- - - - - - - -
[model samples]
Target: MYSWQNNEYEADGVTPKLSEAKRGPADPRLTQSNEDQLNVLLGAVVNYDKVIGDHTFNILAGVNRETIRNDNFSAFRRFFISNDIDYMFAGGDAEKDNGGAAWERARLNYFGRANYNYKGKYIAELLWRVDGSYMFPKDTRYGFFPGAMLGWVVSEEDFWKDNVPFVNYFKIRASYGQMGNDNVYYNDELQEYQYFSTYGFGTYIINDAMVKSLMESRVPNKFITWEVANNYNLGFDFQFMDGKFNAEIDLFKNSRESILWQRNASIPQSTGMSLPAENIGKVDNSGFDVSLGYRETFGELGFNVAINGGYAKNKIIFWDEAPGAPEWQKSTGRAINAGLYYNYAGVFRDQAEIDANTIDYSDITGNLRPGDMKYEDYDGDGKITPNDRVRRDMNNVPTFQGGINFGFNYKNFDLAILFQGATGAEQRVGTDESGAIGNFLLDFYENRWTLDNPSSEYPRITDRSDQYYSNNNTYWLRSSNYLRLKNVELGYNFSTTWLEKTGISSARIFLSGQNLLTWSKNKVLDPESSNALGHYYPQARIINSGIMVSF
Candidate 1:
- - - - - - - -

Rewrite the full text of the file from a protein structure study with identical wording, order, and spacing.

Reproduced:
[model samples]
Target: MYSWQNNEYEADGVTPKLSEAKRGPADPRLTQSNEDQLNVLLGAVVNYDKVIGDHTFNILAGVNRETIRNDNFSAFRRFFISNDIDYMFAGGDAEKDNGGAAWERARLNYFGRANYNYKGKYIAELLWRVDGSYMFPKDTRYGFFPGAMLGWVVSEEDFWKDNVPFVNYFKIRASYGQMGNDNVYYNDELQEYQYFSTYGFGTYIINDAMVKSLMESRVPNKFITWEVANNYNLGFDFQFMDGKFNAEIDLFKNSRESILWQRNASIPQSTGMSLPAENIGKVDNSGFDVSLGYRETFGELGFNVAINGGYAKNKIIFWDEAPGAPEWQKSTGRAINAGLYYNYAGVFRDQAEIDANTIDYSDITGNLRPGDMKYEDYDGDGKITPNDRVRRDMNNVPTFQGGINFGFNYKNFDLAILFQGATGAEQRVGTDESGAIGNFLLDFYENRWTLDNPSSEYPRITDRSDQYYSNNNTYWLRSSNYLRLKNVELGYNFSTTWLEKTGISSARIFLSGQNLLTWSKNKVLDPESSNALGHYYPQARIINSGIMVSF
Candidate 1: